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Relationship Repair with CAOCL's Dr. Lauren Mackenzie and Kristin Post

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Dr. Lauren Mackenzie and Kristin Post from the Center for Advanced Operational Culture Learning (CAOCL) spoke with the Eagles, Globes, and Anchors podcast from the Marine Corps War College (MCWAR) about their article on relationship repair strategies, published in the most recent edition of the Marine Corps University (MCU) Journal.

In the episode, Dr. Mackenzie explains why they focused on relationship repair and not just apologies: “apologies, at least in the English language, can be used for just about anything. You do not have to have a relationship with someone in order to apologize and for it to make sense.” Apologies are one way to repair a relationship, but far from the only way; strategies can also include offering an explanation, showing concern or empathy, or offering compensation.

When asked why it’s important for Marines to learn relationship strategies, Ms. Post stresses that Marines already understand the importance of relationship building. “These Marines get that they already need to have the relationship building part, and they already understand why relationships are important to what they’re doing mission-wise,” she says. “They’ll always say I can do my mission regardless of whether I have a relationship or not, but it makes it easier, and it saves time, and of course Marines are efficient, so these things are good.” Once they have established the importance of relationship building, the concept of relationship repair isn’t as difficult to understand. It’s about maintaining those relationships, and understanding that professional and personal relationships will always encounter situations that require some kind of repair, whether that be an apology or empathy or compensation, or a combination of strategies. Knowing how to then mend that relationship in order to preserve it is a crucial skill.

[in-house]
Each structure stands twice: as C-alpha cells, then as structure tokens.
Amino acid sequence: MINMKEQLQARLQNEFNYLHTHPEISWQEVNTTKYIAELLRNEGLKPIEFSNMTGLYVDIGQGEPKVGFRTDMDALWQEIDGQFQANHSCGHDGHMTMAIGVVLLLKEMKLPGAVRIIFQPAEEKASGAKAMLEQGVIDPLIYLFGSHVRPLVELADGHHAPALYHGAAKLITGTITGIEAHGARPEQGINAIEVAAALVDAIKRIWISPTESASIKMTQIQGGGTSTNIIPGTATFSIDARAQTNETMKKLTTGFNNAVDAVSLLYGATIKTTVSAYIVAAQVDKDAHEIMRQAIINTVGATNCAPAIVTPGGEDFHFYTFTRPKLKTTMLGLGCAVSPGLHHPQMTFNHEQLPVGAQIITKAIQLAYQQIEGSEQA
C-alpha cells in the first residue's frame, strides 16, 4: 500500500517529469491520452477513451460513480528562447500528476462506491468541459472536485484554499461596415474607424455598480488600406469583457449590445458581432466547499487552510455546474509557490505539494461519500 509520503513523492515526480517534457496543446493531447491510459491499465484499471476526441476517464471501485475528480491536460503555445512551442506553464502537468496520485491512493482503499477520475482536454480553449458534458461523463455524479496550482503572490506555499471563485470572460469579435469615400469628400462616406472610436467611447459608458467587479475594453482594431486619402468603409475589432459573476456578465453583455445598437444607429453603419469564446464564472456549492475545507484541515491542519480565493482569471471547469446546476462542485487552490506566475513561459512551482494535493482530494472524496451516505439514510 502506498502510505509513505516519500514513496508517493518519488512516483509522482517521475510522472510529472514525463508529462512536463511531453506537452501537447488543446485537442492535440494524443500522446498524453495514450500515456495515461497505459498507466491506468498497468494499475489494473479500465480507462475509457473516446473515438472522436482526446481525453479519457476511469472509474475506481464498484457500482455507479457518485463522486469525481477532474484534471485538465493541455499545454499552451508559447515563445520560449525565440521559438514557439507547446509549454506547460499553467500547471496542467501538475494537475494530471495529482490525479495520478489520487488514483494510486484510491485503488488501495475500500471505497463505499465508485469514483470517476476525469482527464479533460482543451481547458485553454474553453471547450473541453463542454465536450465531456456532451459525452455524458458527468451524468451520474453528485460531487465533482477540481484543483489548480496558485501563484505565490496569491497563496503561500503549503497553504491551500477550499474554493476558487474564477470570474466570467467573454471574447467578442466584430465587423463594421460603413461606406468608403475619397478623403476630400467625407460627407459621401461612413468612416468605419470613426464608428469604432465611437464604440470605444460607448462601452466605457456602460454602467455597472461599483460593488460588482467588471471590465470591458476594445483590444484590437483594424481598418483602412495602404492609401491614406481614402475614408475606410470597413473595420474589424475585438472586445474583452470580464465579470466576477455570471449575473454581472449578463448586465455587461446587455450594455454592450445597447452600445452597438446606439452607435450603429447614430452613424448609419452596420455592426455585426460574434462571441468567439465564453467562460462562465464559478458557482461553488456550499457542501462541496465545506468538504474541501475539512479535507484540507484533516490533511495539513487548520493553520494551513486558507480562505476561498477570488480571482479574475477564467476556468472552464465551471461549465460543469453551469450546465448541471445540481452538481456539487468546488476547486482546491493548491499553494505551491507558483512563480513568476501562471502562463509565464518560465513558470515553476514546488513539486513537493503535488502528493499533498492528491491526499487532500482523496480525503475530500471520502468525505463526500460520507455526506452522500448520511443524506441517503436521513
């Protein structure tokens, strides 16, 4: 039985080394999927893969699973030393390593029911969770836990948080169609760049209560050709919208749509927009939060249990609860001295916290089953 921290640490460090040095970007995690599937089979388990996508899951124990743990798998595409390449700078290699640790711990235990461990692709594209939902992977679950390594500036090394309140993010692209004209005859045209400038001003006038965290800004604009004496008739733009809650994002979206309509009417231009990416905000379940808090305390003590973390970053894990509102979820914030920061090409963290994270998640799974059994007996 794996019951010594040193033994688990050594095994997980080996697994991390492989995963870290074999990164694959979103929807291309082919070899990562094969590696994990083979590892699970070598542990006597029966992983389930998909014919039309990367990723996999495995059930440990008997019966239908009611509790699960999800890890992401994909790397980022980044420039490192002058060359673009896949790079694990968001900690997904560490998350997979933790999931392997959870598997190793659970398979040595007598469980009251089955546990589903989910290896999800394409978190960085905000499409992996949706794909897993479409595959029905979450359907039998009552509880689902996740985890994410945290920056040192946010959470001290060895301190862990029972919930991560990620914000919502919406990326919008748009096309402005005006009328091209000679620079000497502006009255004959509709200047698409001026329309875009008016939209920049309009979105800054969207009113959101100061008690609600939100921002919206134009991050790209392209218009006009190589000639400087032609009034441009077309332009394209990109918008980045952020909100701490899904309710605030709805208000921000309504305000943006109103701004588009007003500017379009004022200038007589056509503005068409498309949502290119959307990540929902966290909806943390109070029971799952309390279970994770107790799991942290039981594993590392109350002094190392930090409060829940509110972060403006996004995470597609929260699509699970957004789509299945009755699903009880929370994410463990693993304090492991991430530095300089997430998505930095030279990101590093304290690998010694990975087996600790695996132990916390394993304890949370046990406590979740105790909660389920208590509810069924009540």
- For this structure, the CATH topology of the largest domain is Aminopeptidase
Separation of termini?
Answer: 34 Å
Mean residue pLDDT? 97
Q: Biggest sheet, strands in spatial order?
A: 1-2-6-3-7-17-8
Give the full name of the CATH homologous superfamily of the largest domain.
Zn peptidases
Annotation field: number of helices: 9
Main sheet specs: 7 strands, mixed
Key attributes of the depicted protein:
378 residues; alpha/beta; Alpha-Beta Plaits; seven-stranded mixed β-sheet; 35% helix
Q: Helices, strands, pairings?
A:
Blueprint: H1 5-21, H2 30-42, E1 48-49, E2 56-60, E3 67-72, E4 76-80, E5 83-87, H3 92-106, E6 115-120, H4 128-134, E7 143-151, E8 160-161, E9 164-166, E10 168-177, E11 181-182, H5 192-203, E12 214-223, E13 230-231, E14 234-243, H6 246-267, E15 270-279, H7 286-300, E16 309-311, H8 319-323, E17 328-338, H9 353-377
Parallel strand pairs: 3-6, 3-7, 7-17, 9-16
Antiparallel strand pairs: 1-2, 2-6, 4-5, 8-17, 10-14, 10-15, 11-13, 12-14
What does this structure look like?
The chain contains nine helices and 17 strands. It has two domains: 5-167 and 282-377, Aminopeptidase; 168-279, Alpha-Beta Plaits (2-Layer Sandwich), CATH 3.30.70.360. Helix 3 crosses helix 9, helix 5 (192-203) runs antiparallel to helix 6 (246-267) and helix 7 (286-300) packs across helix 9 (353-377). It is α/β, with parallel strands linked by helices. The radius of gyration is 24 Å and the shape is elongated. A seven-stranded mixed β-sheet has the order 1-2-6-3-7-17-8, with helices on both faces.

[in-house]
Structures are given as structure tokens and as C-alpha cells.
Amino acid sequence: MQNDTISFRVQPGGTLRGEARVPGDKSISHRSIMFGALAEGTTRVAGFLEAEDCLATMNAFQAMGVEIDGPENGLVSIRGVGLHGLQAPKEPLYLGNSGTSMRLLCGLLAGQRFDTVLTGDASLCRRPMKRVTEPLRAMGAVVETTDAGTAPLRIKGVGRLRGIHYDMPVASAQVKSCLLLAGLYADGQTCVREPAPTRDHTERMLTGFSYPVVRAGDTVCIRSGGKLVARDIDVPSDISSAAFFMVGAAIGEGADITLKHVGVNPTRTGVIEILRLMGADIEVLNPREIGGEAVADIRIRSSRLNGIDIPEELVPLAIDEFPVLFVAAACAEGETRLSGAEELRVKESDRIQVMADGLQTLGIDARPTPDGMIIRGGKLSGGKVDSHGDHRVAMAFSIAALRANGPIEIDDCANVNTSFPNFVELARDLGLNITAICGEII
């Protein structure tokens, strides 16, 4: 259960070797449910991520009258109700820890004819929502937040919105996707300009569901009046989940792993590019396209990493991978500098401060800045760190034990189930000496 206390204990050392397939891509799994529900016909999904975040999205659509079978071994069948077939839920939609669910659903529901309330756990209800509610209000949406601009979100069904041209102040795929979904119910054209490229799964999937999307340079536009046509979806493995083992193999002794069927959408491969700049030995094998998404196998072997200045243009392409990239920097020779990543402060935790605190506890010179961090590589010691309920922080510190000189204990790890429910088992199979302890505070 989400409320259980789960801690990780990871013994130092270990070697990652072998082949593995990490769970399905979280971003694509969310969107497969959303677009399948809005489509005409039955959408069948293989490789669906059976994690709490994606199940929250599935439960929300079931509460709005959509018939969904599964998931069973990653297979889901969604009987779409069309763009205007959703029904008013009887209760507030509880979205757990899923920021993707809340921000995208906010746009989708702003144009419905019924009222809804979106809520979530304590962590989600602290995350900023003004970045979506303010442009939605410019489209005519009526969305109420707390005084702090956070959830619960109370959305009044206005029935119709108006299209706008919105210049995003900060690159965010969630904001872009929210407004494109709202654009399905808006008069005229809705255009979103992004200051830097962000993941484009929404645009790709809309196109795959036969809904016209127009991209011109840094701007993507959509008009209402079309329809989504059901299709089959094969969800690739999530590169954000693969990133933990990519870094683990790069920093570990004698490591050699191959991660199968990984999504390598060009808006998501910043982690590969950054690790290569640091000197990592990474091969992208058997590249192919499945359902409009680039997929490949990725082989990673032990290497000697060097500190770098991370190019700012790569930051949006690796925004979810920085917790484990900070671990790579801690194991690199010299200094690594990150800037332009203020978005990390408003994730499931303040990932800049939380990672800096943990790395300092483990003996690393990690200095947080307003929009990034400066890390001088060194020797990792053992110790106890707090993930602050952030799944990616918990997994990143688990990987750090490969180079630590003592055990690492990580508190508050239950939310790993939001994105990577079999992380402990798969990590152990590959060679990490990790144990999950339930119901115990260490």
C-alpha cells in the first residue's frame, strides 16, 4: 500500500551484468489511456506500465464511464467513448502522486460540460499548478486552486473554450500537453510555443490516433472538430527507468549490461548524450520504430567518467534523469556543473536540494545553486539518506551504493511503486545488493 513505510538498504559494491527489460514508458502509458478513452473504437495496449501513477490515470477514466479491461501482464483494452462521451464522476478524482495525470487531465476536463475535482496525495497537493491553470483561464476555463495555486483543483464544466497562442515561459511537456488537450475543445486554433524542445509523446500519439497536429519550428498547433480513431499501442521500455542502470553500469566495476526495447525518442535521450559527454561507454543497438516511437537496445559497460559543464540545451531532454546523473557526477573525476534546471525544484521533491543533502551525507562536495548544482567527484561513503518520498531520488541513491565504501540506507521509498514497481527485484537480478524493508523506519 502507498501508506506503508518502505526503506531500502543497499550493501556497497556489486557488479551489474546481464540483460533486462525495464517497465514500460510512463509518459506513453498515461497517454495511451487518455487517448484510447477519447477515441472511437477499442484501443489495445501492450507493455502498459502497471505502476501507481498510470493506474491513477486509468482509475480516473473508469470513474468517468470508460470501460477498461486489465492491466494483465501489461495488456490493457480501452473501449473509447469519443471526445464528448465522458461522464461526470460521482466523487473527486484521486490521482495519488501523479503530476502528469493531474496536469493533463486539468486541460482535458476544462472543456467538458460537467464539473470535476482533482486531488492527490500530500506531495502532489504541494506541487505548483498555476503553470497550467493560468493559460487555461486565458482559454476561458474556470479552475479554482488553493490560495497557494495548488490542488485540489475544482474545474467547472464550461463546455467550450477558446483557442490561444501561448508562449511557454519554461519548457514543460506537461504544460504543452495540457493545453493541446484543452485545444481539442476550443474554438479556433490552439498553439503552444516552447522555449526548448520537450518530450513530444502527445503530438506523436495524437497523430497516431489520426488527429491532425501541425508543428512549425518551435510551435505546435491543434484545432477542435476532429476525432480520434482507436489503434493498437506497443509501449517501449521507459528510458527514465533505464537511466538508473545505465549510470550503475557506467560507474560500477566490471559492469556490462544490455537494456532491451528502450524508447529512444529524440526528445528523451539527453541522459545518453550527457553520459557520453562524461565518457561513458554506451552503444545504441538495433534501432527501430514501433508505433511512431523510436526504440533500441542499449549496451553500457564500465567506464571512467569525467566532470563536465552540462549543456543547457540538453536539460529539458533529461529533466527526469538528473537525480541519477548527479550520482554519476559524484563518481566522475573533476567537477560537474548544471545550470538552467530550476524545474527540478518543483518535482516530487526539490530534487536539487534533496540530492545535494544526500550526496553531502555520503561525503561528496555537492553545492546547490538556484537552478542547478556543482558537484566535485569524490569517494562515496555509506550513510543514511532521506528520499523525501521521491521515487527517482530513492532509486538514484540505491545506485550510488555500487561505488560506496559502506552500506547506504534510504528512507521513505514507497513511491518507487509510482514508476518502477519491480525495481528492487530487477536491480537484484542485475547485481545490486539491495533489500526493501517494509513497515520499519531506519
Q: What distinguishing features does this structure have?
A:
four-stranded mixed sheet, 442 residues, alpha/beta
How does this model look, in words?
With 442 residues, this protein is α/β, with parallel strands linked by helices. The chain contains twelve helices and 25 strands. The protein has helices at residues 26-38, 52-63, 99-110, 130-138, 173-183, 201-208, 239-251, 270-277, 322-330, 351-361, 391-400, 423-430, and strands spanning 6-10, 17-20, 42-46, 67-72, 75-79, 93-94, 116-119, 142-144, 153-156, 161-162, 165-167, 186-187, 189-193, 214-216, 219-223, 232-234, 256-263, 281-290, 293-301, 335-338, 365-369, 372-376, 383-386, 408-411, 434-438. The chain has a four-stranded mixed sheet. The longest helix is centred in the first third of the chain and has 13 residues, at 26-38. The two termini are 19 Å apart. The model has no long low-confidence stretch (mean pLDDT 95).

Another topic discussed was the critical role that culture plays in relationship repair. Dr. Mackenzie offered examples of how expectations often differ between cultures—such as how Americans assume that smiling will make them appear friendly and warm, whereas other cultures may see a person smiling in public and think that they are crazy. These differences in expectations can lead to situations of anger, frustration, confusion. She says that “during an apology, if there is a mismatch between your expectations and reality, we want our readers to consider various factors that could be contributing to their frustration.” Understanding why people may view your actions or expressions differently than how you intend them is an important step in the reparations process after a mistake has been made.

Likewise, the way that Americans apologize is vastly different from apologies in a number of other cultures and languages: “Your frustration could be due to a difference in the kinds of apology components that should be included in an apology for it to be seen as genuine,” explains Dr. Mackenzie. Understanding that these cultural differences exist, and thinking critically about what is expected of them in the event of an apology, can help Marines, and anyone, approach an apology, or another kind of repair strategy, more effectively.

Eagles, Globes, and Anchors is the strategically-minded podcast of the Marine Corps War College, covering the intersection of strategy, security, and warfare. It can be found on Apple Podcasts and on DVIDS.

You can find the article “Relationship Repair Strategies for the Military Professional: The Impact of Cultural Differences on Expectations and Applications,” by Dr. Lauren MacKenzie and Kristin Post, in the Spring 2019 edition of the MCU Journal.


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